Northern Prairie Wildlife Research Center
The scissortail is one of the earliest summer birds to arrive each spring. Across most of the state, Oklahomans can begin looking for them during the first week in April. Their limited nesting range is primarily concentrated in the southern Great Plains states, from New Mexico to Louisiana and Nebraska southward to southern Texas and adjoining areas of northern Mexico. However, the birds have wandered as far north as Hudson Bay, as far east as New Brunswick, and as far west as Colorado.
In late August, after the breeding season, scissor-tailed flycatchers begin gathering in the evenings in roost trees. The number of birds at these roosts increases gradually until they peak in late September. More than 1,000 birds may gather at a roost; however, most contain between 100 and 300 birds. The birds fan out in all directions from the roost to search for food during the day, returning just before dusk. During the breeding season, males also leave the nest tree at dusk to join other males and unmated females at a common roost tree, returning to the nest the following morning.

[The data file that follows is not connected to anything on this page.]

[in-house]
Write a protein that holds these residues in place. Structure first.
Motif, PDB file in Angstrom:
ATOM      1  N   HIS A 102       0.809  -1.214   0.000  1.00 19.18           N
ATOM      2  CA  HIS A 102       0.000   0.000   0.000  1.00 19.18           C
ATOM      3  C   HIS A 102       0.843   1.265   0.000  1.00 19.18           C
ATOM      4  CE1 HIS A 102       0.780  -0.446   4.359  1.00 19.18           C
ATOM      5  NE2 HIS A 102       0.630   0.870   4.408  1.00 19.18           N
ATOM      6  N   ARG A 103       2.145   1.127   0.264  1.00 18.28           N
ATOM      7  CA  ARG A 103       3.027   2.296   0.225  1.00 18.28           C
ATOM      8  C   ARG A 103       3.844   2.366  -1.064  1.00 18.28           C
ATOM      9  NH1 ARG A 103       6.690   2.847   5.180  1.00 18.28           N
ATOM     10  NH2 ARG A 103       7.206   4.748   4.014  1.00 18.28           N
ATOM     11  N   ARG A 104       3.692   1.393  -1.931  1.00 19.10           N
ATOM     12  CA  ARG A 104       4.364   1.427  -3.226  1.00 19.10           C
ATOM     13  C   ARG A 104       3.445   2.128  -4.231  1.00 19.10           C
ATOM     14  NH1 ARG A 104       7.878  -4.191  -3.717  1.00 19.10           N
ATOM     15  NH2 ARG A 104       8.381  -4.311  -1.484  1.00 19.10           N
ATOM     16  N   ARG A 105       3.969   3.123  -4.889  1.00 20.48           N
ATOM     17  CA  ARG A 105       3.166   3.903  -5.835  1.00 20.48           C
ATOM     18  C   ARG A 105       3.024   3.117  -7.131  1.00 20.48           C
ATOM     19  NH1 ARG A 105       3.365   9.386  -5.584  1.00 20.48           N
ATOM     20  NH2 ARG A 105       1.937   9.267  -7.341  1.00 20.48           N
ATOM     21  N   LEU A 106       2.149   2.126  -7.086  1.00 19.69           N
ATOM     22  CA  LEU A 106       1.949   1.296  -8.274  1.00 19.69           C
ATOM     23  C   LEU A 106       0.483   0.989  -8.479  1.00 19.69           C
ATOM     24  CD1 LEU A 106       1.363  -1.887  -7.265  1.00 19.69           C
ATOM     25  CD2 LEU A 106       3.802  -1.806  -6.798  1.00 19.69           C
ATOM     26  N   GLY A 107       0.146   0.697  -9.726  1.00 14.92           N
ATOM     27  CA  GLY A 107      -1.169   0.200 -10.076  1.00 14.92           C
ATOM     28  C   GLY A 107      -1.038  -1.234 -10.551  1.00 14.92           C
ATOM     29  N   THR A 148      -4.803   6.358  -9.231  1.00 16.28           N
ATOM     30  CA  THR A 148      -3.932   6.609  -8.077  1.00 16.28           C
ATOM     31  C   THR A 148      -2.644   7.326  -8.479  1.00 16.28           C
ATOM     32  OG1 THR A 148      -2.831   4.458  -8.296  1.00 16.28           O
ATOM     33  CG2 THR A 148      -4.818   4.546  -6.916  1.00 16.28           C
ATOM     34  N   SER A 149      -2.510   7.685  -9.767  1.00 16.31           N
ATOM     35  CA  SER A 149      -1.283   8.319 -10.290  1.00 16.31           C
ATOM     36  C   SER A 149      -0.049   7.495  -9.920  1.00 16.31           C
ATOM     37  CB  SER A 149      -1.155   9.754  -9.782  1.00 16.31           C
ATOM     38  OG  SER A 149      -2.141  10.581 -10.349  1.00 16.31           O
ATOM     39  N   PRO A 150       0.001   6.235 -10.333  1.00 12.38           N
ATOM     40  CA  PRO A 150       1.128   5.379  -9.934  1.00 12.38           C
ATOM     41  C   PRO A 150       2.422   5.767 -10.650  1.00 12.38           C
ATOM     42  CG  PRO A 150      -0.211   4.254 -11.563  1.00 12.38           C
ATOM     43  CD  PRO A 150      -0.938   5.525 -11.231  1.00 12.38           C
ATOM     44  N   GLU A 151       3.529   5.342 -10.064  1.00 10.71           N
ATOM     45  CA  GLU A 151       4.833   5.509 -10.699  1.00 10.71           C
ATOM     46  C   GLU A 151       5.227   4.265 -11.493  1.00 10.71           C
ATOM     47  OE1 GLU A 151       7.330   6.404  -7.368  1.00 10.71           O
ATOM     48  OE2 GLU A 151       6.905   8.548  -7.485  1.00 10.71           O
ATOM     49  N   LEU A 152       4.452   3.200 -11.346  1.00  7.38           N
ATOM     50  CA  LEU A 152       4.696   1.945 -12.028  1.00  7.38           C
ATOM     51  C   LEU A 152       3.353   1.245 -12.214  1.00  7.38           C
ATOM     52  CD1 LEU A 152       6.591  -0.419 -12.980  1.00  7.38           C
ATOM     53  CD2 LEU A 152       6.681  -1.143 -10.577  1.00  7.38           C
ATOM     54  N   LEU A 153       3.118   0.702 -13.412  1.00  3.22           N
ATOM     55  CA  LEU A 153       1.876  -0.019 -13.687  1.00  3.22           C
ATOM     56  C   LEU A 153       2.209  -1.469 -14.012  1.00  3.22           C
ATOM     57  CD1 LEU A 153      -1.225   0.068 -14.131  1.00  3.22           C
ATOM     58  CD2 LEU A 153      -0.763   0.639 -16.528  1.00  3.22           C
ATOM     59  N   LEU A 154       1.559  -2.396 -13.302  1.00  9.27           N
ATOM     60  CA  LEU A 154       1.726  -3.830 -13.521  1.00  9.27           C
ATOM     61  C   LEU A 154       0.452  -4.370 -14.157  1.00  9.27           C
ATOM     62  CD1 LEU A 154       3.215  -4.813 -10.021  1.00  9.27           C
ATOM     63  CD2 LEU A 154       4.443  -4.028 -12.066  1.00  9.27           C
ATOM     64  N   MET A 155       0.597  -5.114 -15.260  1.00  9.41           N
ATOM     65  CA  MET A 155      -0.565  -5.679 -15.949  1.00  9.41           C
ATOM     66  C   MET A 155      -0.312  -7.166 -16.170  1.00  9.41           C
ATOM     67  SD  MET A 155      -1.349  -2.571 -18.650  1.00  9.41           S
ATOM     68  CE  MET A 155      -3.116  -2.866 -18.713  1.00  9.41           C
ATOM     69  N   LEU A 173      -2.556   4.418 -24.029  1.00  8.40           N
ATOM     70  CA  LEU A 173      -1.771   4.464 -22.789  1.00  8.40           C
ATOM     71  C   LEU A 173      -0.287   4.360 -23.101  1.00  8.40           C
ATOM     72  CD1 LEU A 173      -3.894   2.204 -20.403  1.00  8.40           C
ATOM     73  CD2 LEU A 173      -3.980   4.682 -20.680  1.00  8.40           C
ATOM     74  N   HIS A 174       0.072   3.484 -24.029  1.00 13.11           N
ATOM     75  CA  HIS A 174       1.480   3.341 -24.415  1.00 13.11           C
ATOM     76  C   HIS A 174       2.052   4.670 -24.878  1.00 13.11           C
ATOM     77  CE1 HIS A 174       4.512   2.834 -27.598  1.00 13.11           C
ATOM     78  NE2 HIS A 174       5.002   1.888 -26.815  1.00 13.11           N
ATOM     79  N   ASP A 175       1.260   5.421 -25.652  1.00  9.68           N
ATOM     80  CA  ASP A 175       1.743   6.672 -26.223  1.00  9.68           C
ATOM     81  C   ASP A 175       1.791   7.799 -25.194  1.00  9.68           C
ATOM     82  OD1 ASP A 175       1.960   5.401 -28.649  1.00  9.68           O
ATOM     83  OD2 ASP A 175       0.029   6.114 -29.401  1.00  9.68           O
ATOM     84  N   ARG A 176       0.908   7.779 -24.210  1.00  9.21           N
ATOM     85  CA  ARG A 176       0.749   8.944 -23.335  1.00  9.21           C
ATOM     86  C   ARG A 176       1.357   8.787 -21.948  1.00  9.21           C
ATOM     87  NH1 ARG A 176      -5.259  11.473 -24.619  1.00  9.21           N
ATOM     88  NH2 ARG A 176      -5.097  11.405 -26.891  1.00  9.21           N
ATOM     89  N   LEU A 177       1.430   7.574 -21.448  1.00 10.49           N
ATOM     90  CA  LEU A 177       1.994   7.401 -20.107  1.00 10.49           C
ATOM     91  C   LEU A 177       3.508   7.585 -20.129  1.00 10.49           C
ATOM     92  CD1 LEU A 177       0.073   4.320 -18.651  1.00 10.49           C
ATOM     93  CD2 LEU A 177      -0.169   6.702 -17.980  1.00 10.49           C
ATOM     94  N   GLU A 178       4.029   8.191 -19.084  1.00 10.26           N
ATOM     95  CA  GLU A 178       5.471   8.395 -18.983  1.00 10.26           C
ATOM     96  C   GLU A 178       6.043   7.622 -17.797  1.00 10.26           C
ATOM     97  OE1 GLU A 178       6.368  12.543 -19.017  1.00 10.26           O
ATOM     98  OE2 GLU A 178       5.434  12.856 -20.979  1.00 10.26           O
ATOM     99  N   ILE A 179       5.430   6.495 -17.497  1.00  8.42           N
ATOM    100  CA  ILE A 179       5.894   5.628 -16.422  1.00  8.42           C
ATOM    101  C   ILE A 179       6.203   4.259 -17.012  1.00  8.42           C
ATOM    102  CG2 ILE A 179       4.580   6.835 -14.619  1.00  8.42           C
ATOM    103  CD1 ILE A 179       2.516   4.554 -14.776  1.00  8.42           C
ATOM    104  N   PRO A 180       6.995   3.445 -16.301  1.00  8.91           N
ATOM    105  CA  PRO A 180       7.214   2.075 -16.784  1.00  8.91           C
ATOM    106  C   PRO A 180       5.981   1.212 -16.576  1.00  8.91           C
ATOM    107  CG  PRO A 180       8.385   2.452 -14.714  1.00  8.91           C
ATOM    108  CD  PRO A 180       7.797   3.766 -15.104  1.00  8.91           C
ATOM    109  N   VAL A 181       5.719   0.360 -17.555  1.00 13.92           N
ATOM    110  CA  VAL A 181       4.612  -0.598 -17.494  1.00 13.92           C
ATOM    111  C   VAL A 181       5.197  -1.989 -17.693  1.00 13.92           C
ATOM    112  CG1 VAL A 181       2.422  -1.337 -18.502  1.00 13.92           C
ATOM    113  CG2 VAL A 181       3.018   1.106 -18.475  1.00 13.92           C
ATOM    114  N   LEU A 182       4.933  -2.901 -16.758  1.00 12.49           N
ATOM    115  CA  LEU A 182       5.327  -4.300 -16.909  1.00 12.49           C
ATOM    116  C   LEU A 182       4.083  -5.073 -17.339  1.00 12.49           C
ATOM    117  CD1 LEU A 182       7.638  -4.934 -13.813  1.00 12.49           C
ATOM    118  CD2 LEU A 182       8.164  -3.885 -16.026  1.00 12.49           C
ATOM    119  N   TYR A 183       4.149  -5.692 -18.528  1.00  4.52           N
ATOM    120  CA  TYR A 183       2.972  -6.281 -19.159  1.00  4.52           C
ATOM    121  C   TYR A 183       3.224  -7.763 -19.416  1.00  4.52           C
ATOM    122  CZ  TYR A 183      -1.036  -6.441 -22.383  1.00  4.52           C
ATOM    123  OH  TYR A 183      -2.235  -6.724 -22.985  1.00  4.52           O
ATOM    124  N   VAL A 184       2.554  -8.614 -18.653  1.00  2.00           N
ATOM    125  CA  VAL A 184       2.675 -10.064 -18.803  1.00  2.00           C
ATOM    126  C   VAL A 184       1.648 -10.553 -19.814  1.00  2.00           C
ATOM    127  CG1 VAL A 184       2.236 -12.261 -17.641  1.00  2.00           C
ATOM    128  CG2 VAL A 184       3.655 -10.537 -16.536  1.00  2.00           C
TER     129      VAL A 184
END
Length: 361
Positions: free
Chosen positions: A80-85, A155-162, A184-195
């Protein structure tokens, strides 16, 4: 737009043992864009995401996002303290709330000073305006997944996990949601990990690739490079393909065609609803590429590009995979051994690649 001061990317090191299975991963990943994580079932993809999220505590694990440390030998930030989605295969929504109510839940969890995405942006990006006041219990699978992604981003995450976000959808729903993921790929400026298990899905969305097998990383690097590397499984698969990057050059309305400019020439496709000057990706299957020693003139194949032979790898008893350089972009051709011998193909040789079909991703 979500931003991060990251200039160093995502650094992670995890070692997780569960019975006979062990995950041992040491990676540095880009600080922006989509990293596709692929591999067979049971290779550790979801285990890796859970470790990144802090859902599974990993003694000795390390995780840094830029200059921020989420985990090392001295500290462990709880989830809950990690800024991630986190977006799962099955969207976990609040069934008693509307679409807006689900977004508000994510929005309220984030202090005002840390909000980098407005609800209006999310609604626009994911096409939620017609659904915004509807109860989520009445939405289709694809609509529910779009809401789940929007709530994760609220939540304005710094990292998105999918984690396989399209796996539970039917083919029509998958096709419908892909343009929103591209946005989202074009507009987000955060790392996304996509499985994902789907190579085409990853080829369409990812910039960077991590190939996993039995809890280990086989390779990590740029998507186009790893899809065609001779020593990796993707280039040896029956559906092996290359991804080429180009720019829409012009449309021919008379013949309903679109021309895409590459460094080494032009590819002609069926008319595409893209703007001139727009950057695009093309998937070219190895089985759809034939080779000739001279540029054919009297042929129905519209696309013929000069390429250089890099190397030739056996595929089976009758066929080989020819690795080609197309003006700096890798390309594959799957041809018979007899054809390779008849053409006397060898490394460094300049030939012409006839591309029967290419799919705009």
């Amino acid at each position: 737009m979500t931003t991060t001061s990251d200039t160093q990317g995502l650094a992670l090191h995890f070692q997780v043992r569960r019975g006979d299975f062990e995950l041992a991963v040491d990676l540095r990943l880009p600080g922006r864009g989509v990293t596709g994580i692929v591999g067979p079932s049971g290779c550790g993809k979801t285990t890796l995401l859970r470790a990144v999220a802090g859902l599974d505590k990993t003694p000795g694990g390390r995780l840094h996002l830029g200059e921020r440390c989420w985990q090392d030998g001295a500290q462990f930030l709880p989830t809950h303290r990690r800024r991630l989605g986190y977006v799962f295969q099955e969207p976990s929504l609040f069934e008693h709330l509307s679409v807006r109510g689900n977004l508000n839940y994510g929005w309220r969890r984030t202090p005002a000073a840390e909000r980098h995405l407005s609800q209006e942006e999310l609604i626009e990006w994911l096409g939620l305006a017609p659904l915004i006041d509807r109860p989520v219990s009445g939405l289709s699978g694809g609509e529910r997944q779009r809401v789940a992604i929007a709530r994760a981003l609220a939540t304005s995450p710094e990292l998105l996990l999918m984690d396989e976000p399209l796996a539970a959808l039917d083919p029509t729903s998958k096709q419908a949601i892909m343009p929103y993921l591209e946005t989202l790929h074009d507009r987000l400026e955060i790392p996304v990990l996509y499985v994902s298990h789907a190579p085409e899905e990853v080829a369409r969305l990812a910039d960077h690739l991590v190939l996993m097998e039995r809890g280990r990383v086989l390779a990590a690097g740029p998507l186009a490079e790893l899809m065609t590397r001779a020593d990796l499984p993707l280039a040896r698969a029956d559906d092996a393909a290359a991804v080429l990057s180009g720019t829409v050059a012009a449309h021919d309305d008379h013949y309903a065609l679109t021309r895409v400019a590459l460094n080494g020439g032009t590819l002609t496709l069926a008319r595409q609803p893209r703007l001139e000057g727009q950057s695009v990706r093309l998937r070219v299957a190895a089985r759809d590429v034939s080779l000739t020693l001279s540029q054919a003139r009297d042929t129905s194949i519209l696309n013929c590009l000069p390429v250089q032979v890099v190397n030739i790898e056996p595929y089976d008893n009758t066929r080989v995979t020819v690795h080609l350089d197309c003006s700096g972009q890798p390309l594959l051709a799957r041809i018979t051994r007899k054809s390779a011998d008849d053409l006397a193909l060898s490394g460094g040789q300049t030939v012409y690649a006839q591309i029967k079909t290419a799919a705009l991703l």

Roosts most often are located in mature trees in isolated groves along streams or occasionally in towns. They often are used for several years in succession, with some roosts known to be used in excess of 20 years. During October, the number of birds returning to the roosts gradually drops as the scissortails begin their fall migration.
Like most songbirds, scissortails migrate at night. The daylight hours are spent resting and feeding to build the fat reserves that will sustain them during the next night's flight. However, it is still unclear whether scissor-tailed flycatchers migrate individually or in small flocks.
The birds winter in the southern half of Florida and the Florida Keys, in south Texas, Mexico and Central America. The birds are common winter visitors to Guatemala at altitudes under 5,000 feet.